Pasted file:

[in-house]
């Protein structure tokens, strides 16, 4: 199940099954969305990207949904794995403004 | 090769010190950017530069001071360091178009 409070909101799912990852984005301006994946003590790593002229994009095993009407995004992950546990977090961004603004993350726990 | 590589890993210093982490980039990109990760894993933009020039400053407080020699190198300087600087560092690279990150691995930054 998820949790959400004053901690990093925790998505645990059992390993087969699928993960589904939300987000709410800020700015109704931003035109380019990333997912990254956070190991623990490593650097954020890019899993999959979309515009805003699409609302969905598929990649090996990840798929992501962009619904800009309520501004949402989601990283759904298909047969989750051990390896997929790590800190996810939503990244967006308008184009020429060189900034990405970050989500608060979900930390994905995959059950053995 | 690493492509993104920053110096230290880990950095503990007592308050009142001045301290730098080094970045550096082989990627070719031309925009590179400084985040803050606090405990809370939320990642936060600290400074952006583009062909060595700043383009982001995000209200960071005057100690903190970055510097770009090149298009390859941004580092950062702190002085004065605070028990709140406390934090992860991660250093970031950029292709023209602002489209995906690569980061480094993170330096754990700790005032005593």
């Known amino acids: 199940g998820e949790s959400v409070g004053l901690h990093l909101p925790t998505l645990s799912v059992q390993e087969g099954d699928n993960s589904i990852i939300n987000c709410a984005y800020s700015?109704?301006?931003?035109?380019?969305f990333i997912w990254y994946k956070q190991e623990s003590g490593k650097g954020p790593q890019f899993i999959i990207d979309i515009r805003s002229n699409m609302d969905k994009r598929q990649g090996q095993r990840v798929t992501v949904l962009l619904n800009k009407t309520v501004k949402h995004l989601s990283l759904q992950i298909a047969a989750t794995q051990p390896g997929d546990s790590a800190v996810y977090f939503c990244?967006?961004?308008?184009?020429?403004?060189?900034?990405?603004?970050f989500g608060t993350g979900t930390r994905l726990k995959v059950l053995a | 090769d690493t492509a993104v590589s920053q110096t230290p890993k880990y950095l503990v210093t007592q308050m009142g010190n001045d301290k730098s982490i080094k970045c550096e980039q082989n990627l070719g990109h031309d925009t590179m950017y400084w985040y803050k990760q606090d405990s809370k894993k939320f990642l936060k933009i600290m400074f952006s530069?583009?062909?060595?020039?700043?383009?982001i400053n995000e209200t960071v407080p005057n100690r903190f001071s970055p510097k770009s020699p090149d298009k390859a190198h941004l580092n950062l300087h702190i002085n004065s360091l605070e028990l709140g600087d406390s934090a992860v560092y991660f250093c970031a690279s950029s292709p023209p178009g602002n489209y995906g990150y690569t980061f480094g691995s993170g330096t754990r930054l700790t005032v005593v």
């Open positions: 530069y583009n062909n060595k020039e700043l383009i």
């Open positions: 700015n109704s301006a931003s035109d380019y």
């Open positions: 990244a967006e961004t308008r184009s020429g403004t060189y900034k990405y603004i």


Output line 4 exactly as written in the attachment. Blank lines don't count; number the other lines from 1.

């Open positions: 530069y583009n062909n060595k020039e700043l383009i």